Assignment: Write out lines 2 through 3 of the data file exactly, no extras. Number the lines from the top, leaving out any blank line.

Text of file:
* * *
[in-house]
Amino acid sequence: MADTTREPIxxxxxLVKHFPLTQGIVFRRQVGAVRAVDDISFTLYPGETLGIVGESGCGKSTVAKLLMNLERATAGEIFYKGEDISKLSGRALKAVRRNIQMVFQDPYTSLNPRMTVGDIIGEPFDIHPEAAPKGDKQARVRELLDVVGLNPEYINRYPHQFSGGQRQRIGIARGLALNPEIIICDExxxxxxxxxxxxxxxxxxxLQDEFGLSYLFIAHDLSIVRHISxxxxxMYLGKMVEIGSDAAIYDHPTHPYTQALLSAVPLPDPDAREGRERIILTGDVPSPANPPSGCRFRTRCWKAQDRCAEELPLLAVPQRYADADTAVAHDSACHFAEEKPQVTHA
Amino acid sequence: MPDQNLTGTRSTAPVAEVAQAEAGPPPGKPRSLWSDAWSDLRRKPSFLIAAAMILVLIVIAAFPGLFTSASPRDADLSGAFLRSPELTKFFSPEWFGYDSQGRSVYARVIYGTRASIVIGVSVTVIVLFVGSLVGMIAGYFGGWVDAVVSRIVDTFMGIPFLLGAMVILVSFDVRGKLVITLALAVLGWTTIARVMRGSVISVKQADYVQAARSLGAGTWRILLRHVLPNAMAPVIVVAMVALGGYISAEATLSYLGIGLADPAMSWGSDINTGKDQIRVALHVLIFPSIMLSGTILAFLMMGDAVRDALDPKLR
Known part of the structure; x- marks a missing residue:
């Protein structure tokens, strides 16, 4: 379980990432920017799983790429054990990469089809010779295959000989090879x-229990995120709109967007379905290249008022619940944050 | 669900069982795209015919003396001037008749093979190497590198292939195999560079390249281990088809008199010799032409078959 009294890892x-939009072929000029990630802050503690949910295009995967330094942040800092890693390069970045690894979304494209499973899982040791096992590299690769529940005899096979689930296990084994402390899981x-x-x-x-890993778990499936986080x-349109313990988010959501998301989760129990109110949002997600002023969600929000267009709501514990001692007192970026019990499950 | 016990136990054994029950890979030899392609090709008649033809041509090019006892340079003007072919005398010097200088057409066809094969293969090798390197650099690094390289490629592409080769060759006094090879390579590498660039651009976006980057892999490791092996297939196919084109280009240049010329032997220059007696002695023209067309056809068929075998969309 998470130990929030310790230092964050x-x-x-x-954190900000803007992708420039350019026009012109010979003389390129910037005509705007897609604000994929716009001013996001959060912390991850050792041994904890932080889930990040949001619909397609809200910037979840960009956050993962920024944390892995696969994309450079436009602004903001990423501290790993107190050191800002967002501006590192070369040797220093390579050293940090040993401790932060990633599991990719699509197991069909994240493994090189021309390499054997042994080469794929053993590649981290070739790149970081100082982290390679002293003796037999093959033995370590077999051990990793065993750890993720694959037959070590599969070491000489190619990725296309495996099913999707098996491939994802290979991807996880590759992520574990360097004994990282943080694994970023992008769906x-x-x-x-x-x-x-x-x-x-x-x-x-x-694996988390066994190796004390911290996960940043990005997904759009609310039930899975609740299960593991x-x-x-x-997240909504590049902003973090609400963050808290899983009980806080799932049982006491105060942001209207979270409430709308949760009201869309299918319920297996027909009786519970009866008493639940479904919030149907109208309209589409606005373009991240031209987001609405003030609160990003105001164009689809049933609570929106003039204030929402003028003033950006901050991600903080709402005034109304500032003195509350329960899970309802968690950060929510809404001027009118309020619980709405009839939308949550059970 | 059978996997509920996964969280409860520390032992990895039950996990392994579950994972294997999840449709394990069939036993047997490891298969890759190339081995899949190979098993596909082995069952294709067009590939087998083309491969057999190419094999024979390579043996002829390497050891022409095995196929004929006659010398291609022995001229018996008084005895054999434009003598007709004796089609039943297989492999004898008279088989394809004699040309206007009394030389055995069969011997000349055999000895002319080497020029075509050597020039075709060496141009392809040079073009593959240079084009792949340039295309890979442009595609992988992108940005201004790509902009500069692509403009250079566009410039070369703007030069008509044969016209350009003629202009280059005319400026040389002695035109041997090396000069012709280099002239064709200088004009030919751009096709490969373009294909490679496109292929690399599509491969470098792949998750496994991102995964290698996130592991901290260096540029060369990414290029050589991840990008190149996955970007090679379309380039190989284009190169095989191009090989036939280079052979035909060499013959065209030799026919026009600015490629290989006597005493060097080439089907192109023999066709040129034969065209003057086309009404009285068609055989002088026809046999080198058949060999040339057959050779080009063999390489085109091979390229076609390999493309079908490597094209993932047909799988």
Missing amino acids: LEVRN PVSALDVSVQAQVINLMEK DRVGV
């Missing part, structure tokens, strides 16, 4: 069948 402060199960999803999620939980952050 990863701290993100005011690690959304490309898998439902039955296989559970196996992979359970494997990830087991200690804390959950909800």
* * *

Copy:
Amino acid sequence: MADTTREPIxxxxxLVKHFPLTQGIVFRRQVGAVRAVDDISFTLYPGETLGIVGESGCGKSTVAKLLMNLERATAGEIFYKGEDISKLSGRALKAVRRNIQMVFQDPYTSLNPRMTVGDIIGEPFDIHPEAAPKGDKQARVRELLDVVGLNPEYINRYPHQFSGGQRQRIGIARGLALNPEIIICDExxxxxxxxxxxxxxxxxxxLQDEFGLSYLFIAHDLSIVRHISxxxxxMYLGKMVEIGSDAAIYDHPTHPYTQALLSAVPLPDPDAREGRERIILTGDVPSPANPPSGCRFRTRCWKAQDRCAEELPLLAVPQRYADADTAVAHDSACHFAEEKPQVTHA
Amino acid sequence: MPDQNLTGTRSTAPVAEVAQAEAGPPPGKPRSLWSDAWSDLRRKPSFLIAAAMILVLIVIAAFPGLFTSASPRDADLSGAFLRSPELTKFFSPEWFGYDSQGRSVYARVIYGTRASIVIGVSVTVIVLFVGSLVGMIAGYFGGWVDAVVSRIVDTFMGIPFLLGAMVILVSFDVRGKLVITLALAVLGWTTIARVMRGSVISVKQADYVQAARSLGAGTWRILLRHVLPNAMAPVIVVAMVALGGYISAEATLSYLGIGLADPAMSWGSDINTGKDQIRVALHVLIFPSIMLSGTILAFLMMGDAVRDALDPKLR